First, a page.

I was intrigued by the enthusiasm he was showing, essentially to use the same skills for which he gets paid "in real life" but for free, on his own time and for a cause. He has a very aggressive prospecting plan and a well considered fundraising strategy. He has to; the goal is several million dollars.
I wondered, though. If the skills are the same as the ones he uses every day, then why does he never appear to be this inspired by his job?
The talk turned to tough personal questions about our own careers. The answers gave us a clearer picture of what we really have to work on this year; ourselves, our attitudes, our motivation.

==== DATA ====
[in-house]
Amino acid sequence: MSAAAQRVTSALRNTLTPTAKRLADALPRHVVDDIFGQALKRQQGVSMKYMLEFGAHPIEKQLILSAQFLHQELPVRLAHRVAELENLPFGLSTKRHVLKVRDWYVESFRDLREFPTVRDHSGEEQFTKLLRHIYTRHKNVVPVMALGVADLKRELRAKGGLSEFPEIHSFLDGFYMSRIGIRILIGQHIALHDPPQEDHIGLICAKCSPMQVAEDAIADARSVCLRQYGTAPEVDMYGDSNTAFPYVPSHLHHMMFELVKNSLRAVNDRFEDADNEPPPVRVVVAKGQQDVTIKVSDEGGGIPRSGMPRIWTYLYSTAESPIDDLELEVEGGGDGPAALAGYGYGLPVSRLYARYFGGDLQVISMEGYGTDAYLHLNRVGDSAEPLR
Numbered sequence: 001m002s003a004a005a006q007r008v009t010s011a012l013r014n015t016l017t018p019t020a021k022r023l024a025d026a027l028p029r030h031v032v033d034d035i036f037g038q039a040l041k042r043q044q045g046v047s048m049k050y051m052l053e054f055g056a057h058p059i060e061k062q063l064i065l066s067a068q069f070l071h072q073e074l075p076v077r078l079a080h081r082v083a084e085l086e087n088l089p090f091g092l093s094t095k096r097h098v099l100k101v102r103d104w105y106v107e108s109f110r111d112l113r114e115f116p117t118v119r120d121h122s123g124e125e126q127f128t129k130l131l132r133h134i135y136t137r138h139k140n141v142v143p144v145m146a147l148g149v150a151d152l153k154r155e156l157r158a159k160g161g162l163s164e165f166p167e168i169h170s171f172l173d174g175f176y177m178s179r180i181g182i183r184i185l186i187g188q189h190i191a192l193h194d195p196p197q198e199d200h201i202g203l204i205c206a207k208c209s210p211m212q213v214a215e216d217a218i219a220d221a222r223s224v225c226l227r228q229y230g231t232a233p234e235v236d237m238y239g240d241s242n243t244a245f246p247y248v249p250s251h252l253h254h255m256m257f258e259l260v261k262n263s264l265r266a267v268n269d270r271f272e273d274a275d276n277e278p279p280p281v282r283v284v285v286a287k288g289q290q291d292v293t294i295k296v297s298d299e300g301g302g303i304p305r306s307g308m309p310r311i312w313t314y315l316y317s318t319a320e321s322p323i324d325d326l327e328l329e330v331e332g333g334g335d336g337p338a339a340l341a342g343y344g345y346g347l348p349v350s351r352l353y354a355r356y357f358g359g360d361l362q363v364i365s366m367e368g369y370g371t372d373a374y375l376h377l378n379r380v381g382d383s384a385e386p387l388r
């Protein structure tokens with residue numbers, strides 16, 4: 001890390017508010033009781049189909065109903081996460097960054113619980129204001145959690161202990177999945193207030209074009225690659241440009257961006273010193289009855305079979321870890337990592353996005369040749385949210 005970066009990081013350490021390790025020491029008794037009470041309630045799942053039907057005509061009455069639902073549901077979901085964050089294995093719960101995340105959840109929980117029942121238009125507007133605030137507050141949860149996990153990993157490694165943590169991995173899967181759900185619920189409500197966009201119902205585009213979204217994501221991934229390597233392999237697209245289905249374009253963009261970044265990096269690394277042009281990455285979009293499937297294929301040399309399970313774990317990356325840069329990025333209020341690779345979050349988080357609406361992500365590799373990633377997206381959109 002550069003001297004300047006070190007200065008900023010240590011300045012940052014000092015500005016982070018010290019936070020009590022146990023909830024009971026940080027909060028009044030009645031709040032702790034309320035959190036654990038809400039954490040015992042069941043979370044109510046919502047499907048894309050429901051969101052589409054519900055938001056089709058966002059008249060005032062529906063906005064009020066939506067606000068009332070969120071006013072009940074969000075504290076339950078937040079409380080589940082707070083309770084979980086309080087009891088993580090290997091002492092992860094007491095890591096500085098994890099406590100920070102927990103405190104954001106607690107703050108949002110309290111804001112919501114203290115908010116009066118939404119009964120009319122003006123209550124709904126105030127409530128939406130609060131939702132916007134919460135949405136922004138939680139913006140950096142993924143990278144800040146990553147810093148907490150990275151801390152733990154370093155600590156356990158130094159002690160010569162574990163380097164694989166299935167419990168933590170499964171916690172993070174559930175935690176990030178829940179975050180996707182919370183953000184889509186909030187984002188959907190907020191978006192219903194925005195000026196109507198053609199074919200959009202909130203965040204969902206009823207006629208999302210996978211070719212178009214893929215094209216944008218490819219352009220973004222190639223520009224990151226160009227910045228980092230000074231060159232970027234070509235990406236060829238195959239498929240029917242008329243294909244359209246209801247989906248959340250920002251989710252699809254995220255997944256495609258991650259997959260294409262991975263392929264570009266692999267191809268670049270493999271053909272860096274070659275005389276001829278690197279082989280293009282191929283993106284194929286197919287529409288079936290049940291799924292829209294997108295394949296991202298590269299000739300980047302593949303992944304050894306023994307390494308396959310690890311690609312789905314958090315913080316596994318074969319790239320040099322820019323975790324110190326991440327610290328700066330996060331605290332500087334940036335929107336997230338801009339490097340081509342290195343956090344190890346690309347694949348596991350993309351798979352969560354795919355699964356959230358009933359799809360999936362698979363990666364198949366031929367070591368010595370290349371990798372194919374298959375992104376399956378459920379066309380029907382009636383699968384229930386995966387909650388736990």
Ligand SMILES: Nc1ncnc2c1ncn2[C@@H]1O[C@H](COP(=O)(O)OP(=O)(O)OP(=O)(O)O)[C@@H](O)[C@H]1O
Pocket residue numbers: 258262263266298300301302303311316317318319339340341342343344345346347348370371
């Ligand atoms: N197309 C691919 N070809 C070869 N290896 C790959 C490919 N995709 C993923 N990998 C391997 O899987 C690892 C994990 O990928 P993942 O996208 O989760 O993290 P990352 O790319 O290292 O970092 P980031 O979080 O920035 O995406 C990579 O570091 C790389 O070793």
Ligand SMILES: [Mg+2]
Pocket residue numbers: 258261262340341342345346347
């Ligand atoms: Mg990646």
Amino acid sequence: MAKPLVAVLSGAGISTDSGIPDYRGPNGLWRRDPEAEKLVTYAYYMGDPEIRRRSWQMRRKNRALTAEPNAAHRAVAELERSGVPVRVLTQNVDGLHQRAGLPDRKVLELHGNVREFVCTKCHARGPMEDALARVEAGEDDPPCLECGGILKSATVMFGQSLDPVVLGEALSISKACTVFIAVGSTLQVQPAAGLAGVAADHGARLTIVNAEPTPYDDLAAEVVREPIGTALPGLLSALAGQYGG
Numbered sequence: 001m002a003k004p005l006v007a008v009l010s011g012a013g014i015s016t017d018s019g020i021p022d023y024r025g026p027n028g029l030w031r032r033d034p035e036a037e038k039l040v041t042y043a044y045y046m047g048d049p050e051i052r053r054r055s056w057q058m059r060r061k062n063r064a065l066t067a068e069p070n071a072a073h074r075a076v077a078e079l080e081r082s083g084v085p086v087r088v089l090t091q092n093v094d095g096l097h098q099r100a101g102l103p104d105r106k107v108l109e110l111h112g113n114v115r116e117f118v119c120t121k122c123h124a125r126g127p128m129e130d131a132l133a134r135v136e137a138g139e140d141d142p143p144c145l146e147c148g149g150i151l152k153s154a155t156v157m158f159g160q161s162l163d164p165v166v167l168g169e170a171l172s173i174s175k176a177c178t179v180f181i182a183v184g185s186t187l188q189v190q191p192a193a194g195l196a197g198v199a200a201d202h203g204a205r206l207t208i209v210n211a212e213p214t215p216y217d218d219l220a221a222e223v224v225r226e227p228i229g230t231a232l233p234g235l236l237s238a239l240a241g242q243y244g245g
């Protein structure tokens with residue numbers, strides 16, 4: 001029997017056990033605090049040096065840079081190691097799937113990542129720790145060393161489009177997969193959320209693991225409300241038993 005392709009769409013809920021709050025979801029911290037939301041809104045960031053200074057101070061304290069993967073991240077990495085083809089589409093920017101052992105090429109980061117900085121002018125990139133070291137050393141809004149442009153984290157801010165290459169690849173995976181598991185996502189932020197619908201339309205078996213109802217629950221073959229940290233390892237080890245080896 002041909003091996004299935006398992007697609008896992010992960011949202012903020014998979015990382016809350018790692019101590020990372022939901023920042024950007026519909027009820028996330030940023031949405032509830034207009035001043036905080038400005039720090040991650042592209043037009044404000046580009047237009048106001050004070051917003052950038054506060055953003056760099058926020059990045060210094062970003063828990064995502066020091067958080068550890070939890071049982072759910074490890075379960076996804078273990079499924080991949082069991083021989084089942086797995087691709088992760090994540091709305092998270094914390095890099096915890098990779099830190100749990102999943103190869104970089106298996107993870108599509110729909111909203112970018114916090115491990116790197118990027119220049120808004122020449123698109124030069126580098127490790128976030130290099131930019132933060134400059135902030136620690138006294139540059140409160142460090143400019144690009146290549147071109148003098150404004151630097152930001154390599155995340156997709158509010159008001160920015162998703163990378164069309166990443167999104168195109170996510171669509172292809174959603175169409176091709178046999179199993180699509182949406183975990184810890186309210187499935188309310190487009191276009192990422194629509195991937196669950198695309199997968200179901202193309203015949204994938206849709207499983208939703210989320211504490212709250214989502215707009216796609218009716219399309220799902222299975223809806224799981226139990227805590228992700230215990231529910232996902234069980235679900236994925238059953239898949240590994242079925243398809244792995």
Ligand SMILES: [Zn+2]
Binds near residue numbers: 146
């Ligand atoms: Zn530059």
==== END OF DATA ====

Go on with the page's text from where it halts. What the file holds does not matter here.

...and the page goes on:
- "Am I still excited by my career?" (like when I first started out)
- "What could I accompish if I didn't know better?" (you know, like before "reality" set in)
- "Do I have a strategy to increase sales that is imaginative, focused and benchmarked?" (like my friend's fundraising campaign has to be)
- "Do I have a challenging goal?" (the Everest goal, I call it - a difficult, killer, inspiring and worthy goal that few will ever accomplish, maybe not even me)
- "Do I believe so strongly in my product and service that it ain't about the money?" (so I'm not just working for a paycheque)